Beware: Alice Cooper coming to the Palms

Listen to this article

Las Vegas loves spectacles and what is better than shock rock. The extraordinary and completely bizarre Alice Cooper is coming to the Palms Casino Resort on Nov. 26 to give you a big dose of heavy metal. It is like being entertained by P.T. Barnum’s evil twin on a Broadway stage.

Alice Cooper in 1971 (YouTube)
Alice Cooper in 1971

This former preacher’s kid, surprisingly enough, started out in the music biz after gathering together some high school friends to appear at a talent audition for a “lettermen’s” talent show.

  • Not to be confused with David Letterman, “lettermen” was a term used for fraternity members — frat boys, in other words.

They won in spite of not being able to play any instruments. Back then, Cooper was going by his real name, Vincent Damon Furnier. The band’s name was the Earwigs, but they quickly changed their name to The Spiders and released their first recording, “Why Don’t You Love Me,” while still in high school.

They renamed themselves again as The Nazz but, after starting to perform in Los Angeles, discovered another group was already using the name, so the name, Alice Cooper, was born as a joke, sounding wholesome in contrast to the group’s image.

The band was eventually discovered by Frank Zappa, who was the leader of the Mothers of Invention at the time. Zappa saw them empty out a famed Sunset Strip nightclub in less than ten minutes and said, “Anybody that can clear a room that quick, I’ve got to sign.”

Alice Cooper, the band, recorded seven albums: Pretties For You, Easy Action, Love It To Death, Killer, School’s Out, Billion Dollar Babies and Muscle of Love. The song “Eighteen” put Alice Cooper on the map. The albums School’s Out and Billion Dollar Babies made the band, and especially the frontman, Vince Fournier, superstars.

Eventually, Furnier adopted the name “Alice Cooper” as his own, and went out on his solo career.

Every Alice Cooper fan knows about the bizarre and sometimes dangerous props Alice uses on stage, from guillotines to live snakes and lots of fake blood. It is reminiscent of ringmaster P.T. Barnum on All Hallows Eve, and there is no danger of snoozing off during a concert by the ringmaster of evil.

Cooper’s career has been loaded with close calls and rumors that might make a lesser man scrub off the makeup and turn to performing lounge acts. To start with, the rumor that Cooper bit the head off a chicken in Toronto and drank its blood is highly exaggerated, but the publicity helped make the band famous. The truth is that a chicken wandered on stage and Cooper, thinking chickens can fly, tossed it toward the audience where it fell and died.

Alice Cooper faked his own death on stage for years, supposedly as a sacrifice to the music, but he almost ended up hanging himself in 1988 when the stunt went wrong and he slipped from the noose, collapsing on the stage. He also came too close to buying the big one using the guillotine when the blade came crashing down uncomfortably close to his neck. These mock executions varied in style but were a regular part of the act, hence, the guillotine, electric chair and other macabre toys.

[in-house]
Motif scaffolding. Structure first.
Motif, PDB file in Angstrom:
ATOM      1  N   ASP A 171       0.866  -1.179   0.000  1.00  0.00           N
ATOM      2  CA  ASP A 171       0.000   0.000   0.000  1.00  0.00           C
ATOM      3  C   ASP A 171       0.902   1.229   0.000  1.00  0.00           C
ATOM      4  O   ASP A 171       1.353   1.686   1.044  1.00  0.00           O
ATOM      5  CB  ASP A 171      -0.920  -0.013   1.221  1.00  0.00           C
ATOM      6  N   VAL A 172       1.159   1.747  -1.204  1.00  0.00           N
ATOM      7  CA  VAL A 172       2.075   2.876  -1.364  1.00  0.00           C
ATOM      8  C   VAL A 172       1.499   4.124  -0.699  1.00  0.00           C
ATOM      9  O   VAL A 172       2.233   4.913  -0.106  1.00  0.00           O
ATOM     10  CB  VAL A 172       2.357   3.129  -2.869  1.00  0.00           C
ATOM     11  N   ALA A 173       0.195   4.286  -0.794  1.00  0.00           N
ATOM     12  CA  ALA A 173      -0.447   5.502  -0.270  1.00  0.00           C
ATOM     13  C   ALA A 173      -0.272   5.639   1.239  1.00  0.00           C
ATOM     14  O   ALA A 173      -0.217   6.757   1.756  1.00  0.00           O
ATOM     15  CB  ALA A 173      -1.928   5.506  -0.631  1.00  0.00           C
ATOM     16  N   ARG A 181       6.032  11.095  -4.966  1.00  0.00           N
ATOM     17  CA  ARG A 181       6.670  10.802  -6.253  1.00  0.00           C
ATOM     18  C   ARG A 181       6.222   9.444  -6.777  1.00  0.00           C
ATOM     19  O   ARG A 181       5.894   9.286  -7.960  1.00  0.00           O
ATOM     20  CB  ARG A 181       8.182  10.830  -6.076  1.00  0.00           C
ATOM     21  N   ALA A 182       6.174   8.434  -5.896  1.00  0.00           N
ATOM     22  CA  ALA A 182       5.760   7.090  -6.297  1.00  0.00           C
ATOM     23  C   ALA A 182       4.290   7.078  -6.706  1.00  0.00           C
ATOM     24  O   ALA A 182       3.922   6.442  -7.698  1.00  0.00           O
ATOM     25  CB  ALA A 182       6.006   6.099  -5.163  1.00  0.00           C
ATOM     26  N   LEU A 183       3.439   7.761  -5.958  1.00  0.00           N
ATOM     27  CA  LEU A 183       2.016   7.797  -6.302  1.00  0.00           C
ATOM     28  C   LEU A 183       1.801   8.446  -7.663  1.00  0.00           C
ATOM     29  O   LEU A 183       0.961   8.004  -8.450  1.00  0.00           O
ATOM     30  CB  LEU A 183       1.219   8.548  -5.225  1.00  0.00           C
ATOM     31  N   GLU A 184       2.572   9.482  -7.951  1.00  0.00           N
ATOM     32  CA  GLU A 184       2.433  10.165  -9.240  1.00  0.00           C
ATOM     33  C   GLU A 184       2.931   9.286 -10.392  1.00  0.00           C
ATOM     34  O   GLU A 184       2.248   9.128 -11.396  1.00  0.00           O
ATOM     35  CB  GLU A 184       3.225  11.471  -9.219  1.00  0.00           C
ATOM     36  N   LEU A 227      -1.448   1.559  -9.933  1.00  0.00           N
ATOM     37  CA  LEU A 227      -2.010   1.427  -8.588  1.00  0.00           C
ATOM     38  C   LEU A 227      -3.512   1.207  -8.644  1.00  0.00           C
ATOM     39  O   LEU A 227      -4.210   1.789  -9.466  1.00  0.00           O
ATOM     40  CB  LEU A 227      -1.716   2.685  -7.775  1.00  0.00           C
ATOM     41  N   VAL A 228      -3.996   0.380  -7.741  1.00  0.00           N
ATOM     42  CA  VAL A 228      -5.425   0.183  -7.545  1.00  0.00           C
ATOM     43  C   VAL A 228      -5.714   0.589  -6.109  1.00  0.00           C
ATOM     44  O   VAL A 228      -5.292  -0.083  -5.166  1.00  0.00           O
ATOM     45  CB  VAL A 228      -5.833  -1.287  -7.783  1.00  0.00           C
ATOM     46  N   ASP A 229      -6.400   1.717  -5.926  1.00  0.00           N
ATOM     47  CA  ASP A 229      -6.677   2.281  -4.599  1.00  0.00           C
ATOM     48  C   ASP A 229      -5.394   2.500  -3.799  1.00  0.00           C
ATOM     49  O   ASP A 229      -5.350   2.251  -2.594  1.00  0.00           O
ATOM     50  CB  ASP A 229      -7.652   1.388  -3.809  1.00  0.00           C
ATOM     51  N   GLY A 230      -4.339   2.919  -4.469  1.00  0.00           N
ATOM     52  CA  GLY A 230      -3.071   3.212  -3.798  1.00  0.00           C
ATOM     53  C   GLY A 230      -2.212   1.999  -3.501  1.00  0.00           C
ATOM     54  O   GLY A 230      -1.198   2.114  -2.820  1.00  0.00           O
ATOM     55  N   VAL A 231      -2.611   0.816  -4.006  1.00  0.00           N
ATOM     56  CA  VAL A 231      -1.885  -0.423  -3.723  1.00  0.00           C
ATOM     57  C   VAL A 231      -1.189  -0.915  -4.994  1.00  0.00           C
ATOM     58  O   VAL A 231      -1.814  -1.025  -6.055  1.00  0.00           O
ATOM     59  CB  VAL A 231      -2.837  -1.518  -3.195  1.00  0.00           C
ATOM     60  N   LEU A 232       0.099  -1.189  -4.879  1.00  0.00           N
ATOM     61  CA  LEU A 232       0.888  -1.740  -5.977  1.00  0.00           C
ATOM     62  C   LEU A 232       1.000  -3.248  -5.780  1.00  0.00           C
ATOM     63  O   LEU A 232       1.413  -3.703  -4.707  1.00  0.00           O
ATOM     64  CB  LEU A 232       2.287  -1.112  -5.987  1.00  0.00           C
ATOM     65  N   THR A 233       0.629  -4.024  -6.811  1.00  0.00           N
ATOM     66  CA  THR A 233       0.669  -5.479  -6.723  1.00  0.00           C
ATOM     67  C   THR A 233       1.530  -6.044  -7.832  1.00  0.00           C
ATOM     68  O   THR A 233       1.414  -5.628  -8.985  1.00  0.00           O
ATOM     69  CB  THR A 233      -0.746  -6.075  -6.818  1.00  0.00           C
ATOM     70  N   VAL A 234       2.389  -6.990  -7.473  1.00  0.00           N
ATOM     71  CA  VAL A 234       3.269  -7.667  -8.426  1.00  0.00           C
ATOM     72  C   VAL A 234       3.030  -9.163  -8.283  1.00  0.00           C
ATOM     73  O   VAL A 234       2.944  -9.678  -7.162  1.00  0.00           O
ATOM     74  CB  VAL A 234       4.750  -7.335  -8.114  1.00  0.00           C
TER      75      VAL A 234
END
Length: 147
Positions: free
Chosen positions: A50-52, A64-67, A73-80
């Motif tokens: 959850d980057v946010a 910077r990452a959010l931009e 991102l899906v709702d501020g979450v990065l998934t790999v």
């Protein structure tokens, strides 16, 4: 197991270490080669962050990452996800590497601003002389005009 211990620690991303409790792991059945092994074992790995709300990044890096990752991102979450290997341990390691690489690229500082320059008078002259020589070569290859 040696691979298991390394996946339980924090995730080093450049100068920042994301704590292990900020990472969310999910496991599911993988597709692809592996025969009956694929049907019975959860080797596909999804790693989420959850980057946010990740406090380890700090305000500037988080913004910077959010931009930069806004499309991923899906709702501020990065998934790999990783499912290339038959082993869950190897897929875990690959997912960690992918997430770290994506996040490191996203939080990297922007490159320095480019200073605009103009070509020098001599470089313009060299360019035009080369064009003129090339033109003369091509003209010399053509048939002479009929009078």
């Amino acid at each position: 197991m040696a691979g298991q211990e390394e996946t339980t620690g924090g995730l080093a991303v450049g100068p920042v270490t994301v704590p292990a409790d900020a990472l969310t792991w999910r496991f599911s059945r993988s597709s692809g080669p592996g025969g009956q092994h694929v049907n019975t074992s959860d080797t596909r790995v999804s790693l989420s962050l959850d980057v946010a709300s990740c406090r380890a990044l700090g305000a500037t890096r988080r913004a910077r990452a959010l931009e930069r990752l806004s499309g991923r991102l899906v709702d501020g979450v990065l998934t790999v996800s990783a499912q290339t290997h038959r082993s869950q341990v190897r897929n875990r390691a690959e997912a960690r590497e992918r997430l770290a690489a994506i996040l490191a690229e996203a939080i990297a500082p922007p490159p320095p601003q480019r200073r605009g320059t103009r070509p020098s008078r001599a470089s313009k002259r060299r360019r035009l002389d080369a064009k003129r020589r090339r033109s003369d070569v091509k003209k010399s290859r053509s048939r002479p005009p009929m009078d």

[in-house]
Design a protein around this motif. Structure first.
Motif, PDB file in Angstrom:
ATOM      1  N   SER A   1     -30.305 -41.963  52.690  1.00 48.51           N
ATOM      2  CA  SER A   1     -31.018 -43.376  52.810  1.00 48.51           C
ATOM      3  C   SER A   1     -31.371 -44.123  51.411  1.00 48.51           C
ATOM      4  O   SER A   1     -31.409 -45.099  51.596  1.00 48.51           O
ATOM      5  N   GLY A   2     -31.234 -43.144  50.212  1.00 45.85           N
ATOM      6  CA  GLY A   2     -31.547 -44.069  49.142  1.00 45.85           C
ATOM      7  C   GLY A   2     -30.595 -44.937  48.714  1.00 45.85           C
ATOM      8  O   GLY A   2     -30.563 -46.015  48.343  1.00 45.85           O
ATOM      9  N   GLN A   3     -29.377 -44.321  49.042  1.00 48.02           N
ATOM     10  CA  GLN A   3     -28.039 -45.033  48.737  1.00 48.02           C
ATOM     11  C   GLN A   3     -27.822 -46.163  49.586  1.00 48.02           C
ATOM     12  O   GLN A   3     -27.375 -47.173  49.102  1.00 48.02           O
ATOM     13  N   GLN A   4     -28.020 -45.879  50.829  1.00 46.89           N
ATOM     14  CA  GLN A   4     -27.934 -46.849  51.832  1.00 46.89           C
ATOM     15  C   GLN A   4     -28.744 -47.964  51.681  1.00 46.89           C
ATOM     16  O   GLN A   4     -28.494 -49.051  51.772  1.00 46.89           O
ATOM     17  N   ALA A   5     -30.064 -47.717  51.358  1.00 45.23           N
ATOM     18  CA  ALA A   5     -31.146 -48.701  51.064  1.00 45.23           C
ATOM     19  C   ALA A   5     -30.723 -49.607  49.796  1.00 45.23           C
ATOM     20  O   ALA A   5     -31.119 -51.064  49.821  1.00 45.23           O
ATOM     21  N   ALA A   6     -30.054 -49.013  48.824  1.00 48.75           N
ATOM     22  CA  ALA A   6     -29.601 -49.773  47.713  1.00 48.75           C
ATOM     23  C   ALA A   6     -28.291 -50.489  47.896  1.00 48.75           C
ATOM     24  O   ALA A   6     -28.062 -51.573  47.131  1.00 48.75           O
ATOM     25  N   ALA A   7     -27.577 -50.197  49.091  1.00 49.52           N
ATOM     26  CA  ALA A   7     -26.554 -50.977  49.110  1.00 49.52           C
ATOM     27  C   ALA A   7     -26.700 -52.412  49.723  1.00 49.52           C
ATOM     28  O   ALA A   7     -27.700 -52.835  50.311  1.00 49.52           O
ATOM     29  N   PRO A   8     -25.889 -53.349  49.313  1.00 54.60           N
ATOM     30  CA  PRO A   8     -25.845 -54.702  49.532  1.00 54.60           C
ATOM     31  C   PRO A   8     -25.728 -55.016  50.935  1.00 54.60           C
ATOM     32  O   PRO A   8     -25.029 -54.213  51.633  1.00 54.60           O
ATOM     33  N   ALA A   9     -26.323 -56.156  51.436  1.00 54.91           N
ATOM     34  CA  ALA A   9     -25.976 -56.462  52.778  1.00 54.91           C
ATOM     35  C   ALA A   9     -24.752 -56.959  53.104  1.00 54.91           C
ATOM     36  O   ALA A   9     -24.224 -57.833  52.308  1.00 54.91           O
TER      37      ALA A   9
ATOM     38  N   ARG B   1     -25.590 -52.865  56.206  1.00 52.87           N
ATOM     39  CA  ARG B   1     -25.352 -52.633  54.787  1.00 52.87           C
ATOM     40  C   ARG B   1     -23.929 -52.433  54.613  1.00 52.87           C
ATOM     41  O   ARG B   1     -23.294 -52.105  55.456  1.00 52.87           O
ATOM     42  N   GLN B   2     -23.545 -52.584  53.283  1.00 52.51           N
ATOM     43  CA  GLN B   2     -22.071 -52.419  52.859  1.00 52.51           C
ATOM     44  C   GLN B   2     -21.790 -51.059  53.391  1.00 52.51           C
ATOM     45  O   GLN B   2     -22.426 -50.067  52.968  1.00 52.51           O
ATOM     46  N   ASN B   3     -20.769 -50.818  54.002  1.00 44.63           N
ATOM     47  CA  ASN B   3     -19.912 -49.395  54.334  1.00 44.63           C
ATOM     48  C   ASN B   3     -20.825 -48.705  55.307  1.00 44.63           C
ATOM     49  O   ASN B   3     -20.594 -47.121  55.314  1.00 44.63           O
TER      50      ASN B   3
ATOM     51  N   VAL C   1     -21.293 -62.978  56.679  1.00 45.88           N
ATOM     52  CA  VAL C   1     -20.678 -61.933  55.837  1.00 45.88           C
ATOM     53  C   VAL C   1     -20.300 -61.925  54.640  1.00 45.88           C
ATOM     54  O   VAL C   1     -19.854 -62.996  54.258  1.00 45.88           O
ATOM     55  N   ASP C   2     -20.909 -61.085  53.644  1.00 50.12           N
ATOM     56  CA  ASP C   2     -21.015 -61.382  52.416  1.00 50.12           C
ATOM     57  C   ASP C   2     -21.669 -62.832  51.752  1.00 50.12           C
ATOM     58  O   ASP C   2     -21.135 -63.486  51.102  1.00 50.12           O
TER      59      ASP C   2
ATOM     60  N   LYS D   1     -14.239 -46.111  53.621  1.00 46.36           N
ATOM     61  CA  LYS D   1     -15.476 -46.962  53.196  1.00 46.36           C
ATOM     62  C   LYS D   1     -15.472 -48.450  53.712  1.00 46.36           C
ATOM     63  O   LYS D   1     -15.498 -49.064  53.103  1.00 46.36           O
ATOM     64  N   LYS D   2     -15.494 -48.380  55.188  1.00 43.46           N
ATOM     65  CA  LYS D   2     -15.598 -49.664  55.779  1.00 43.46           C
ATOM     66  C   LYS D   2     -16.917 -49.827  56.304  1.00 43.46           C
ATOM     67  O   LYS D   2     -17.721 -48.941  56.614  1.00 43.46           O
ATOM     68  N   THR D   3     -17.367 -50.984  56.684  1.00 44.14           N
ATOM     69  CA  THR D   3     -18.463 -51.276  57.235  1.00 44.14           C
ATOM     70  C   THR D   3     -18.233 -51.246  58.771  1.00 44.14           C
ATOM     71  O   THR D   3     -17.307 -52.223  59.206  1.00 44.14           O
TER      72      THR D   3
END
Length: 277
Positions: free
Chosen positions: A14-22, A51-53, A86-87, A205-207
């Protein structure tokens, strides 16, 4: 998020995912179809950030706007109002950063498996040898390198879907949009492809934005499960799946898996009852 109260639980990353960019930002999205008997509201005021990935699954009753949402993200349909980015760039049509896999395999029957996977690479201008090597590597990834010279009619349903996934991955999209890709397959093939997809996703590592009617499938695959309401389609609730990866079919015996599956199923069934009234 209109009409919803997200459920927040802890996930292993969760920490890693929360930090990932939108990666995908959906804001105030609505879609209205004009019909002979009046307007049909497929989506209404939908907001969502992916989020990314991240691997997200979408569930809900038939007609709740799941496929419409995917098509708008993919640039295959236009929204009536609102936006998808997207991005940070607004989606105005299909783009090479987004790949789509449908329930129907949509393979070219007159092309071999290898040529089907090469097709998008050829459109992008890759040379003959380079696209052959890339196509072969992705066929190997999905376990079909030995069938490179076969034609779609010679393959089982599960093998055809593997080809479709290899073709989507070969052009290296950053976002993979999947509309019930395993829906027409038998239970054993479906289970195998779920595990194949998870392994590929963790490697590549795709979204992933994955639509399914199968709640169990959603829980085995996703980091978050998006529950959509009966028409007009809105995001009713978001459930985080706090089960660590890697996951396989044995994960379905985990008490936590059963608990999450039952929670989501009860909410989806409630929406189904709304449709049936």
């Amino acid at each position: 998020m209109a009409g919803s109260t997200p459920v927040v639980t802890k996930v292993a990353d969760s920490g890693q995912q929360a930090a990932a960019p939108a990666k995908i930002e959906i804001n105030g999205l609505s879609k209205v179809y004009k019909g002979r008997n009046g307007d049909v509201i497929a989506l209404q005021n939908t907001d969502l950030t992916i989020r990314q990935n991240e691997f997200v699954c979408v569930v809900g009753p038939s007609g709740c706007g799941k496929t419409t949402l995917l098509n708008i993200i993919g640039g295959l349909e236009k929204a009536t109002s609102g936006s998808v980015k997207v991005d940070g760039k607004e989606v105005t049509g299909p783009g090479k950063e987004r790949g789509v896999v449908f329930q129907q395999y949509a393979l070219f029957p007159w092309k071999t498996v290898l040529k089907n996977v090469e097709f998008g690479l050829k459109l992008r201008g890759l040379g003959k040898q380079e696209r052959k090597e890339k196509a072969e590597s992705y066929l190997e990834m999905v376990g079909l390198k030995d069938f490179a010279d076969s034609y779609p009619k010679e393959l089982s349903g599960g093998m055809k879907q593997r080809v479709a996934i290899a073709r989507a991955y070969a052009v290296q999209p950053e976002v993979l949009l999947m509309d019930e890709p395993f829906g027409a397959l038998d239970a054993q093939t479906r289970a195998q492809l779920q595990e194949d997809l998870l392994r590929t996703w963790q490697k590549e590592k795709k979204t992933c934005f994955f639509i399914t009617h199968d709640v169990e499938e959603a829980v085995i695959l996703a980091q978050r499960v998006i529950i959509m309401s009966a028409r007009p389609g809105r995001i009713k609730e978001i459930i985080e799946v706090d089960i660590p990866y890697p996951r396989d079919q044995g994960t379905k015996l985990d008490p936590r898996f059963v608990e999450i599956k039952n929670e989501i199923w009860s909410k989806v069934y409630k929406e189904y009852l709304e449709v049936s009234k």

The British Parliament found him so offensive, they tried to have him banned from appearing. Show up he did and may have paid them back by accident when his truck was stuck in traffic on Piccadilly Square during rush hour, complete with giant photos of Alice Cooper on the sides of the truck dressed in nothing but his pet boa constrictor.

Alice Cooper’s first solo album, “Welcome to my Nightmare” was not particularly well-received, despite featuring the beloved Vincent Price, horror show star extraordinaire. A video made with Twisted Sister after he signed on with MCA “Be Chrool To Your Scuel,” starring an unintelligible Bobcat Goldthwaite as a teacher in a school full of zombies, was considered so graphically gory it was banned from MTV.

Signing with Epic Records in 1988, Alice Cooper released the album “Trash” in ’89 and “Hey Stooped” in ’91. Alice performed with Guns & Roses on their album, “Use Your Illusion,” and made appearances in one of the Nightmare on Elm Street films in 1991, “Freddy’s Dead: The Final Nightmare,” appearing as Freddy Krueger’s father, and the band appeared on Wayne’s World, performing “Feed My Frankenstein.” In 2012, he starred in “Dark Shadows,” Tim Burton’s adaptation of the afternoon serial that also starred Johnny Depp as everybody’s favorite vampire, Barnabas Collins.

Cooper’s reputation follows him wherever he goes and sometimes the nightmares follow along too. On a plane going to England, he was seated next to an elderly woman who said she was going to sleep on the flight. After the plane landed, it was discovered that she was dead. Alice was questioned in the incident and, apparently, the woman’s neck was checked for punctures.

The most popular songs by Alice Cooper include “School’s Out,” “Eighteen,” “Billion Dollar Babies,” “No More Mr. Nice Guy” and “Under My Wheels.” Popular albums include School’s Out, Billion Dollar Babies, Welcome To My Nightmare and Love It To Death.

Alice Cooper is a master showman and long been considered the Godfather of Shock Rock and considered by Rolling Stone the most beloved entertainer of heavy metal. What Alice Cooper contributed to heavy metal — his wit, showmanship and imagination — heavily influenced the transformation of the genre into what it is today and was emulated by countless other bands. Cooper is smart, well-spoken and incredibly witty. He knows what the audience wants and he delivers.

Alice Cooper’s show at the Palms is scheduled for the Pearl Theater at 8:00 p.m. on Nov. 26. Tickets run between $50 and $100 + tax and fees.


Feature photo Alice Cooper YouTube.